I am not exaggerating when I say that this movie will probably be the best film I see all year, animated or not. I'm taking my chances and betting that Watchmen will probably disappoint me just a tad. Fortunately, there is nothing about this new Wonder Woman that isn't terrific -- from the script and story by Michael Jelenic and Gail Simone (respectively) to the wonderful direction of Lauren Montgomery. It doesn't hurt that Andrea Romano also works her magic here with a perfect voice cast, including a turn by Oliver Platt that threatened to steal Nathan Fillion (Steve Trevor's) thunder.
It comes out on DVD and BluRay March 3rd. I implore anyone who is a fan of stuff in general to purchase the movie, if not at the very least rent it (if you have OnDemand.) If you have young kids in the house, especially young girls, it will not disappoint. (It'll be a cartoon you won't mind watching over and over, too, so you might thank me if your kids like it.)
I had a chance to sit down with Bruce Timm before the early screening at New York Comic Con this year. He had a lot to say about the character, and seem genuinely delighted by how this film turned out. Interview and trailer for Wonder Woman after the jump.
Why did it take so long to get to Wonder Woman?
Timm: It didn't take that long! It's only our third -- okay, I guess fourth, including Gotham Knight. We knew early on when we started doing these projects that Wonder Woman was one that we not only wanted to do, but we needed to do. She hasn't really had her own animated series or anything. She's an obvious choice: Batman had his own series, Superman had his own series, then we did Justice League -- which she was in, but she wasn't the lead character -- so, we though she definitely justified having her own movie.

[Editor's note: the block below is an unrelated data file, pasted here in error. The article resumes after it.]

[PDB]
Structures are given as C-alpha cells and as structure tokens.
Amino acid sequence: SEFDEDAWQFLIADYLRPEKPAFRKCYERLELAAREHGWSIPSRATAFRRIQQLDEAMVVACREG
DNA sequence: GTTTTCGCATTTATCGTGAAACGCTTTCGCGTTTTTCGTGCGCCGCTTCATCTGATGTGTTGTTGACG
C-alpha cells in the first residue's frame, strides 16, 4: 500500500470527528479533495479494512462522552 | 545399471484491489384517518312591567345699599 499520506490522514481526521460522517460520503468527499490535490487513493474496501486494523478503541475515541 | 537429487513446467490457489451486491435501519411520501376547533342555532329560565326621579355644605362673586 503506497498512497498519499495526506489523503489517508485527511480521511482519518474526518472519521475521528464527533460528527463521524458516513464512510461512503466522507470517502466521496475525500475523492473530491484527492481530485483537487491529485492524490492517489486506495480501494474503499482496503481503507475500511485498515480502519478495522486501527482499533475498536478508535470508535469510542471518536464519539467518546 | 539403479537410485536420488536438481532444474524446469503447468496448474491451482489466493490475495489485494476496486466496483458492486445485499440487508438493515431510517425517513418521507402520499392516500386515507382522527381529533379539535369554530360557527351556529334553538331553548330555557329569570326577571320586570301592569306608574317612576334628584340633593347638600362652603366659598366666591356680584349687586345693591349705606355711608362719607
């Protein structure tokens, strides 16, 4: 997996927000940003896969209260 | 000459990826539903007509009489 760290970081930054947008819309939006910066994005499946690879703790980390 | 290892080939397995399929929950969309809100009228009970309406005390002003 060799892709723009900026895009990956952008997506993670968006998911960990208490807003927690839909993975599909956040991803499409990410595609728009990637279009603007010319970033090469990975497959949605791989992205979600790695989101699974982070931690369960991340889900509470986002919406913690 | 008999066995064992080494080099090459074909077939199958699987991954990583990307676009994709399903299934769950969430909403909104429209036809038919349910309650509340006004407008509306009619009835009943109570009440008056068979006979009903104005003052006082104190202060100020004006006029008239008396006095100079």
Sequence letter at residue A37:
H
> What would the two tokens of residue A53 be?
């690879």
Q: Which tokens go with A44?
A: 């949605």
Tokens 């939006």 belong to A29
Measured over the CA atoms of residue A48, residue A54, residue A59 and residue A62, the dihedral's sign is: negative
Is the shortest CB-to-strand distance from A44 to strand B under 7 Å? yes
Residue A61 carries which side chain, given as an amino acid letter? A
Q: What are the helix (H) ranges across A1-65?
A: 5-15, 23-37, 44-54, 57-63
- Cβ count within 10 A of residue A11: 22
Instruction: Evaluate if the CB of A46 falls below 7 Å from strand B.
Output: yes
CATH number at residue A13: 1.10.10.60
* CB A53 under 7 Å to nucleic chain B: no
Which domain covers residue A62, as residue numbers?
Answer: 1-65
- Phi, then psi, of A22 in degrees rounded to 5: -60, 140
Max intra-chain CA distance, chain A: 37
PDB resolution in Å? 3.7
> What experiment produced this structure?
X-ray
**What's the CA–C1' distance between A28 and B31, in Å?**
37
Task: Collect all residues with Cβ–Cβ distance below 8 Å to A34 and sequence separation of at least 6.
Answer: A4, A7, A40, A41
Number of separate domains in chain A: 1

How did you choose which version of Wonder Woman you wanted to use in this film?
Timm: That's the thing, we didn't just pick one. As we have always done for all these characters, we looked at the history of the character, and ask: "Of all the different versions of this character, which parts do we like?" We'll pick something from the tv show, something from the comics. It's not really based on any one specific version of the character. It's really not based on the George Perez run -- there are elements of his run in it, but it's not specifically based on his storyline or his version of the character.
How different is this version of Wonder Woman than the other DC Animated versions of Wonder Woman?
Timm: Well, just by the nature of it, the fact that she's the lead character of the movie, it's the same as when Batman's on the Justice League and he kind of acts a little bit differently than when he's on his own -- he's a loner, so it changes the paradigm of the story. It's kind of same thing. Wonder Woman, on the face of it, lends herself to this kind of scale of a Justice League story moreso than Batman does, naturally. But the fact that the movie is more about her means you have to get a little bit deeper in to the complexity of her character.
The trickiest thing about her, unlike Batman and Superman who are very very clearly defined by their iconography and by the different versions of them you can point to Frank Miller's Batman and say "Oh, that's Batman," or point to Christopher Reeve and say "That's Superman," Wonder Woman: Not so much. You can't really look at the Linda Carter version -- as much as I and a lot of people like it -- and go: "Yeah, that's Wonder Woman!" There's a lot about that show that we like, but it isn't really relevant to the modern day.
In the comics, there have been really well respected runs by Greg Rucka, Gail Simone, and George Perez -- but they kind of conflict with each other. There's things about Gail's version that are really different than what Greg did and are really different than what George did. Wonder Woman fans are really, really passionate about Wonder Woman, so I'm not sure I'm gonna please every Wonder Woman fan. There really are these conflicting versions of her; if you go on the DC message board, there's a whole controversy going on now about whether she should fly or not. She doesn't fly in the movie, and people are pissed off about that. Like "I'm not even gonna go see that movie if she doesn't fly!" Then there are the people who say she should never have flown anyway, that's a Superman thing. "Wonder Woman is not about flying!!". So you can't win.